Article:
_Second- and third-grade students on a school bus in Rexburg, Idaho, chanted “assassinate Obama,” a district official said.

_University of Alabama professor Marsha L. Houston said a poster of the Obama family was ripped off her office door. A replacement poster was defaced with a death threat and a racial slur. “It seems the election brought the racist rats out of the woodwork,” Houston said.

_Black figures were hanged by nooses from trees on Mount Desert Island, Maine, the Bangor Daily News reported. The president of Baylor University in Waco, Texas said a rope found hanging from a campus tree was apparently an abandoned swing and not a noose.

_Crosses were burned in yards of Obama supporters in Hardwick, N.J., and Apolacan Township, Pa.

_A black teenager in New York City said he was attacked with a bat on election night by four white men who shouted ‘Obama.’

_In the Pittsburgh suburb of Forest Hills, a black man said he found a note with a racial slur on his car windshield, saying “now that you voted for Obama, just watch out for your house.”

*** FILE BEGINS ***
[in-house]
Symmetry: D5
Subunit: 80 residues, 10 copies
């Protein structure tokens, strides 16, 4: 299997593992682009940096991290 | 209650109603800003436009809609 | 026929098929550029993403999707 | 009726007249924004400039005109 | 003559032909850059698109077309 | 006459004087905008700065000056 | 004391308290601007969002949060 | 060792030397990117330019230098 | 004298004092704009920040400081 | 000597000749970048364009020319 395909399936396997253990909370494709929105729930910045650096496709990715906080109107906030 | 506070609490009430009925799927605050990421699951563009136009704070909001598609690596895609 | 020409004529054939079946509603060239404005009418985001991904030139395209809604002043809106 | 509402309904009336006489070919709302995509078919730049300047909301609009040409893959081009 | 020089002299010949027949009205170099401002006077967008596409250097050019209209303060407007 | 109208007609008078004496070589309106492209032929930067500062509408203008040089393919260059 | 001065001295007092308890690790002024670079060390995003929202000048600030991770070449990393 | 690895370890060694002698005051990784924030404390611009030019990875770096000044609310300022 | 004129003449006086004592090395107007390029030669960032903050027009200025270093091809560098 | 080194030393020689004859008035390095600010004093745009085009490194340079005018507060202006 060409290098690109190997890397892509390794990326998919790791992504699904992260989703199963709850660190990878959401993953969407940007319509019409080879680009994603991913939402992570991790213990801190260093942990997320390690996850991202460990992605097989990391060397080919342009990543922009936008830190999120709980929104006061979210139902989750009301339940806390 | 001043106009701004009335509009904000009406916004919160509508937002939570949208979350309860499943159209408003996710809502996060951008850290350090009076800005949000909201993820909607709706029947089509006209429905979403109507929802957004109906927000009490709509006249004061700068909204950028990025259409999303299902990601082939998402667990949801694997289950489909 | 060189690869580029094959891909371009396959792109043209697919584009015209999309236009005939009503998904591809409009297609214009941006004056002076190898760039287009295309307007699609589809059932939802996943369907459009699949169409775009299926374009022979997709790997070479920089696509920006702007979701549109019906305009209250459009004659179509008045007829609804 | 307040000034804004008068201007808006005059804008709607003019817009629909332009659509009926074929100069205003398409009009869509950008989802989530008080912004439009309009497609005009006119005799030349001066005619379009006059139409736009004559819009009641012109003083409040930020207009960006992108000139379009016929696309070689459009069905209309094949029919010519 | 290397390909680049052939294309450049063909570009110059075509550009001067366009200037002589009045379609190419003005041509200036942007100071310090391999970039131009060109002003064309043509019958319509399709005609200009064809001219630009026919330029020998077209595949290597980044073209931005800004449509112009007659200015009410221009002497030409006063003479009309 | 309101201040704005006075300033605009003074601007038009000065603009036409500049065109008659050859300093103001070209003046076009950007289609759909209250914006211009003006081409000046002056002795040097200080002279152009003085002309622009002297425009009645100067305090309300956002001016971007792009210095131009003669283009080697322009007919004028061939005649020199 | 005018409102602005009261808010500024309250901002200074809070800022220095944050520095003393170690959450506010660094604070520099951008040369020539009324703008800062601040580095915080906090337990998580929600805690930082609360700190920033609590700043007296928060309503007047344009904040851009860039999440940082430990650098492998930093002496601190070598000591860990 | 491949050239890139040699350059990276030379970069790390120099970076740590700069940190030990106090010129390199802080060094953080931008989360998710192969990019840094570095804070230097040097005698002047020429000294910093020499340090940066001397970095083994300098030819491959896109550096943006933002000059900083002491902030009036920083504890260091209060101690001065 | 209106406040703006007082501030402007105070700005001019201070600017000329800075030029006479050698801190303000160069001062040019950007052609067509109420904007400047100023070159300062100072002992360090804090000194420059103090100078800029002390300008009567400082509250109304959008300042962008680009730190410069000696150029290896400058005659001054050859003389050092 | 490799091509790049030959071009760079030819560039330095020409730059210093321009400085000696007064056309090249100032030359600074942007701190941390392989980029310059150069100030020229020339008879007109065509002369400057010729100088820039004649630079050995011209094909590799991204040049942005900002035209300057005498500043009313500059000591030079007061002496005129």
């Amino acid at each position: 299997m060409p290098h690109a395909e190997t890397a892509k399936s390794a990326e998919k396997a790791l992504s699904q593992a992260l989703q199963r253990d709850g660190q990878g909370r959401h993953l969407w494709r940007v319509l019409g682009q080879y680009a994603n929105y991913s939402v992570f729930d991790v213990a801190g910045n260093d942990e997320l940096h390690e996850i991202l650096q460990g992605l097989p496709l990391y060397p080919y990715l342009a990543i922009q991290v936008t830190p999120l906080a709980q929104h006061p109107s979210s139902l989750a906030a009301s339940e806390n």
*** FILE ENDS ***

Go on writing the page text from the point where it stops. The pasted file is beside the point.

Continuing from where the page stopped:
via

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I love it that I can write that heading.

5 November 2008

Senator Barack Obama,
Chicago

Dear Senator Obama,

We join people in your country and around the world in congratulating you on becoming the President-Elect of the United States. Your victory has demonstrated that no person anywhere in the world should not dare to dream of wanting to change the world for a better place.

We note and applaud your commitment to supporting the cause of peace and security around the world. We trust that you will also make it the mission of your Presidency to combat the scourge of poverty and disease everywhere.

We wish you strength and fortitude in the challenging days and years that lie ahead. We are sure you will ultimately achieve your dream making the United States of America a full partner in a community of nations committed to peace and prosperity for all.

Sincerely,

N R Mandela

h/t Monica at TransGriot

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The day after

I spent election day glad for the many distractions that would keep me occupied – classes to teach, students to meet with, even an evening conference call. But eventually… it was just me, the internet and the returns.

As I caught up on my blog and news feed reading, I kept up with the electoral vote counts. Eventually Obama climbed to 240, and seemed to stay there a bit.

At 11:06 I noted there were 284 electoral votes on the Obama side… could it be? I started scrambling around for news feeds…

Ten minutes later I become aware of McCain conceding…